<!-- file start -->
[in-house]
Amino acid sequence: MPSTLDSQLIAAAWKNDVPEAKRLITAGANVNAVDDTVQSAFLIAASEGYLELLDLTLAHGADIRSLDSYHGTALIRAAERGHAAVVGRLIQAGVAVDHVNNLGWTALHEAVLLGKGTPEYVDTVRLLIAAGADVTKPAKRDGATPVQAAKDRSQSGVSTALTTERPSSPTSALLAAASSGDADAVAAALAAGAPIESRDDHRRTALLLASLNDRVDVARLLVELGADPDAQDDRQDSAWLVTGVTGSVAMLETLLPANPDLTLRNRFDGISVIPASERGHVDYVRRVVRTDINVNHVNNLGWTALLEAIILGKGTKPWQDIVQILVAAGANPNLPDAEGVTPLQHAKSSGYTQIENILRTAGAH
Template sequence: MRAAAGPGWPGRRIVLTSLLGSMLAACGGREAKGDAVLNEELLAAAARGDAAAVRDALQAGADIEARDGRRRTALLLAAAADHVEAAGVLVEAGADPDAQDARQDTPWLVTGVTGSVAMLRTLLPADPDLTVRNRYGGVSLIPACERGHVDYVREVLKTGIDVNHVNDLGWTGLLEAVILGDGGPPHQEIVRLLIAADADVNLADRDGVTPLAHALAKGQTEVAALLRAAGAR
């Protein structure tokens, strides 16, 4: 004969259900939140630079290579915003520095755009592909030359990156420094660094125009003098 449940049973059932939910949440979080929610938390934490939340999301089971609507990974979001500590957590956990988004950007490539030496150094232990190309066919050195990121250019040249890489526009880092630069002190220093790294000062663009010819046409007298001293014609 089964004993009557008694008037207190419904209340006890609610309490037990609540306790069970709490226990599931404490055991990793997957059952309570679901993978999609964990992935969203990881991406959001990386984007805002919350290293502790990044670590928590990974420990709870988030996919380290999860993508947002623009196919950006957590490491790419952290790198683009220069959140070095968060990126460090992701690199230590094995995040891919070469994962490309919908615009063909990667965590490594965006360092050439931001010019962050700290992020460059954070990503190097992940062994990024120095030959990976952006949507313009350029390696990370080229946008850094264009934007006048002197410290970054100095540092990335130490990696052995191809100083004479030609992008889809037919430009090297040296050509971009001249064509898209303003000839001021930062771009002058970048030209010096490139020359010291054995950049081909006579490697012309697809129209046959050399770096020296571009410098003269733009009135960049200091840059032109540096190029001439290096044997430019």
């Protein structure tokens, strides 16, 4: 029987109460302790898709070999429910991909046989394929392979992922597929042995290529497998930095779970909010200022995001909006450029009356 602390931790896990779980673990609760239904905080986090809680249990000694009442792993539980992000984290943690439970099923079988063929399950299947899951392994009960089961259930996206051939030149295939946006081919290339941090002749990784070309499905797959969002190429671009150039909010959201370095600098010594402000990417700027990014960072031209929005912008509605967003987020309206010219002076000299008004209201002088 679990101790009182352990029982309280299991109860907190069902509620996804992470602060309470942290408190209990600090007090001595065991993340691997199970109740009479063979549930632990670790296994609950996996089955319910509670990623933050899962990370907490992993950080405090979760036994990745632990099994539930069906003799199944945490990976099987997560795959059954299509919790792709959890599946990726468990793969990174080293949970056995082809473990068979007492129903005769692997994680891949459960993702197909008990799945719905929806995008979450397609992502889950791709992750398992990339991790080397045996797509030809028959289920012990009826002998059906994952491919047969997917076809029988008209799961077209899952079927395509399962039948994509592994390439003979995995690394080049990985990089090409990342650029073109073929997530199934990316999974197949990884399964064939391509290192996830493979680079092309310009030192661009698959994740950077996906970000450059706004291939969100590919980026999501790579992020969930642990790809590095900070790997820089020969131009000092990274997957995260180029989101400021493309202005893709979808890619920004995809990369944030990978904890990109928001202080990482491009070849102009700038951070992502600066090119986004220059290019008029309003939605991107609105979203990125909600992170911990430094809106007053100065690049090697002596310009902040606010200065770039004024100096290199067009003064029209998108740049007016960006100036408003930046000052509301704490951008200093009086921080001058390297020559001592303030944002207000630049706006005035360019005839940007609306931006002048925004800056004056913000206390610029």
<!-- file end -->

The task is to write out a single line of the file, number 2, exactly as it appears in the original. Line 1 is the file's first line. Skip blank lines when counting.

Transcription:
Amino acid sequence: MPSTLDSQLIAAAWKNDVPEAKRLITAGANVNAVDDTVQSAFLIAASEGYLELLDLTLAHGADIRSLDSYHGTALIRAAERGHAAVVGRLIQAGVAVDHVNNLGWTALHEAVLLGKGTPEYVDTVRLLIAAGADVTKPAKRDGATPVQAAKDRSQSGVSTALTTERPSSPTSALLAAASSGDADAVAAALAAGAPIESRDDHRRTALLLASLNDRVDVARLLVELGADPDAQDDRQDSAWLVTGVTGSVAMLETLLPANPDLTLRNRFDGISVIPASERGHVDYVRRVVRTDINVNHVNNLGWTALLEAIILGKGTKPWQDIVQILVAAGANPNLPDAEGVTPLQHAKSSGYTQIENILRTAGAH